We’ve arrived in Cairns; thawed, partially; discovered the markets and the almost-naked sunbathing backpackers down by the lagoon (we’ll get to that story in later). We’re still having some trouble with food, though. It is true that food is grounding, and it is upsetting that not only are all the people different, the houses, the language, the weather, the airplanes and sandwiches different, but damn it, the soy sauce is different! Vannac is now truly destabilized.
With a kitchen and a chance to unpack, though, Vannac is able to cook his rice again. There is no rice maker, but that is a compromise we can accept, and soon he will be able to eat meat again which is also reassuring. Although still quite opposed to western food, he is beginning to see the appeal: the rest of us walk into the kitchen, pull out our bread and sprouts or yoghourt and muesli and off we go; meanwhile, Vannac is diligently chopping his onions, mincing his garlic, scrambling his egg, boiling his rice, salting his fish, and long after we’ve retired to the living room, Vannac is ready to eat his breakfast. No sooner is he done, he begins on his lunch. A few four-hour asana sessions with Nicky and his hunger might just start to crack this attachment.
I find I’m getting frustrated at his attachment to food. I believe that the basic state of one’s psyche is reflected in the relationship one holds with food. If you guzzle your food, that consumptiveness will be reflected in the way you interact with other people and your environment, and indicates a state of want, or an invisible or feeble self-image. If you are conscientious about how and what you eat, that conscientiousness manifests as care towards other people and things in your life. With Vannac, his intolerance of any deviation in what he is used to reads to me as a belief that “strange = bad,” a principle I believe is opposite to what we do in yoga.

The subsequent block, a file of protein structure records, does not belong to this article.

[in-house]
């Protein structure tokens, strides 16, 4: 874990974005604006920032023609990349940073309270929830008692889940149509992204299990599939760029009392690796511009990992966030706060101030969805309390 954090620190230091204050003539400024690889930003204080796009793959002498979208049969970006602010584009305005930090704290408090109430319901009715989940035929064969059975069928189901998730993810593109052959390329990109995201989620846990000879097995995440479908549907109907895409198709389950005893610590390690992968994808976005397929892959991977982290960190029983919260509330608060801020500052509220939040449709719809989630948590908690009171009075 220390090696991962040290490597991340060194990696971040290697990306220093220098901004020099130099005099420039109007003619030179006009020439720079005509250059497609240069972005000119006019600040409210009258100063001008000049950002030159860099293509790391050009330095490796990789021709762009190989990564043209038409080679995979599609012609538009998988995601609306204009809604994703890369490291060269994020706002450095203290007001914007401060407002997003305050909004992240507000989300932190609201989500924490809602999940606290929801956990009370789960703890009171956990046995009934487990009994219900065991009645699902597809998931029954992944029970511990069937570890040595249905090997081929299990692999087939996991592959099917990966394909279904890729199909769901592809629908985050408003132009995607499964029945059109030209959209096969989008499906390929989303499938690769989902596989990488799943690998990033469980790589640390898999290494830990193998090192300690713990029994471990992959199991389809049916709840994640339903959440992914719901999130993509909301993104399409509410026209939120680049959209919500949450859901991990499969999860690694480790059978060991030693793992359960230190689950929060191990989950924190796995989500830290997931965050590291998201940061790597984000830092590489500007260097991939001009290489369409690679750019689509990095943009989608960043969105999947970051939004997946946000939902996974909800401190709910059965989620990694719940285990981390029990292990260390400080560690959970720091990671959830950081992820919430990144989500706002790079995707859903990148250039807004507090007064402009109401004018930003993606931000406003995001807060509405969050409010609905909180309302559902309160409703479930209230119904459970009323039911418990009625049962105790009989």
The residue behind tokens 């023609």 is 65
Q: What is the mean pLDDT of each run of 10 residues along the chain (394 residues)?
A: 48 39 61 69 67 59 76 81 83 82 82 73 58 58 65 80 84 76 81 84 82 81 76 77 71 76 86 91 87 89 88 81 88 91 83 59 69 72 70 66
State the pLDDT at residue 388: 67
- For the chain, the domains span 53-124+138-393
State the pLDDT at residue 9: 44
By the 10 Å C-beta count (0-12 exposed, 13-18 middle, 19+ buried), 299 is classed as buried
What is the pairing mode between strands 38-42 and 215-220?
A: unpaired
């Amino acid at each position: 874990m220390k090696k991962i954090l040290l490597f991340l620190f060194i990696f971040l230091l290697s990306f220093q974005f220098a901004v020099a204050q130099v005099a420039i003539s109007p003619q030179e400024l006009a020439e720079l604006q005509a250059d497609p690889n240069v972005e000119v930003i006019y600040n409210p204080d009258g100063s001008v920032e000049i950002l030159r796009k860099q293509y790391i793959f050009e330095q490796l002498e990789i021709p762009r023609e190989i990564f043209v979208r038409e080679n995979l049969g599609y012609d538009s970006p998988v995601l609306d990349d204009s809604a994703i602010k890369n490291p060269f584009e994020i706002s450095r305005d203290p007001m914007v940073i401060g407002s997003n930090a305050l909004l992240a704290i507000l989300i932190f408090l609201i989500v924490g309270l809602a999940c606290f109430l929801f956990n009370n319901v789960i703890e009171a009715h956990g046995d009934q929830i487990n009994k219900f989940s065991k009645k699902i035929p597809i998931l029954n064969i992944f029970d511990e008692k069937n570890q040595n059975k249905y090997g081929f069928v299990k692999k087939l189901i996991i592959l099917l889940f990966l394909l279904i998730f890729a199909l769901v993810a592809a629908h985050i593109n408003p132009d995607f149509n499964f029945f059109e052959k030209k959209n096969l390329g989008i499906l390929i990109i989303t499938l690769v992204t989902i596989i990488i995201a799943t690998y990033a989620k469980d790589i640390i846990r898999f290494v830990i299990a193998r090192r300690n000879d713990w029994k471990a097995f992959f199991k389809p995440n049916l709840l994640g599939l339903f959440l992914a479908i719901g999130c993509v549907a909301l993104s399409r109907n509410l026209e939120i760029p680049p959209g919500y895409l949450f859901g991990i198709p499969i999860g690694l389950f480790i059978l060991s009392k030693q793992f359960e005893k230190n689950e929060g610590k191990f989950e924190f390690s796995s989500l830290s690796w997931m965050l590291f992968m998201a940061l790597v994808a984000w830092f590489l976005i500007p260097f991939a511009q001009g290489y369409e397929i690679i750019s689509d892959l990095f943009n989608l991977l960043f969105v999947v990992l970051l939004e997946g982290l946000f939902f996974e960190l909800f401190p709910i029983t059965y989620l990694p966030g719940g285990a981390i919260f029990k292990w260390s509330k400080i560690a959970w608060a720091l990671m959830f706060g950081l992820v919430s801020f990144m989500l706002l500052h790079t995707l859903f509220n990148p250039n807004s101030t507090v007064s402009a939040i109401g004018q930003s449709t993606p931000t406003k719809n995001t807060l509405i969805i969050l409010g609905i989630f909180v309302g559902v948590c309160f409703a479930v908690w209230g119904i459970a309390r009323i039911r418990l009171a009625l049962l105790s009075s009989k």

Of course, I understand that familiar food is his touchstone in this upside-down land and certainly don’t condemn Vannac for wanting to eat what he is used to. I am just worried about his being uncomfortable here and I wish that he could be as relaxed as we are. At the same time, leaping into a world so utterly and shockingly different is the best way of severing attachments, of learning to orient oneself on something other than what one is used to, discovering things without knowing if they’re good or bad or ho they work, and moving into a place of not-knowing. This is yoga. But, this is also the hardest part of yoga.
That being said, we had an interesting conversation at dinner last night about this word, “nutrition,” a word Vannac didn’t know. I have some Khmer, but I don’t have the words for “vitamin,” “mineral,” “proteins,” “enzymes,” “calories,” but I wish I did. Priska, the woman who’s house we are in, is very conscious about nutrition and diet and together we explained to Vannac why we eat brown rice and not white rice; why we like to eat fruits and vegetables and not instant noodles; and how we can balance our diets by combining rice and beans, which are very easy to get in Cambodia, instead of eating meat. We also talked about how some people in Western countries can be very fat, but because all they eat is processed and refined foods, they are actually suffering from hunger; that is, nutrient deficiency. Vannac the sponge was quite taken by this idea of nutrients, and thought that maybe he should start using brown rice. I wonder if anyone has thought to write a simple kids-type introduction to nutrition and how our bodies process food; it is something I would like to share with the orphans, also, who don’t have access to a wide variety of food, and could benefit from eating intelligently.
I think a lot about teaching yoga as an ideology and am quite uncomfortable teaching anything that sounds dogmatic. But when it comes to food, I have no reservations about preaching vegetarianism and seeking converts. Am I taking advantage of Vannac’s open ears? But then again, maybe vegetarianism is not an ideology, and is actually as scientific as Nicky’s style of yoga.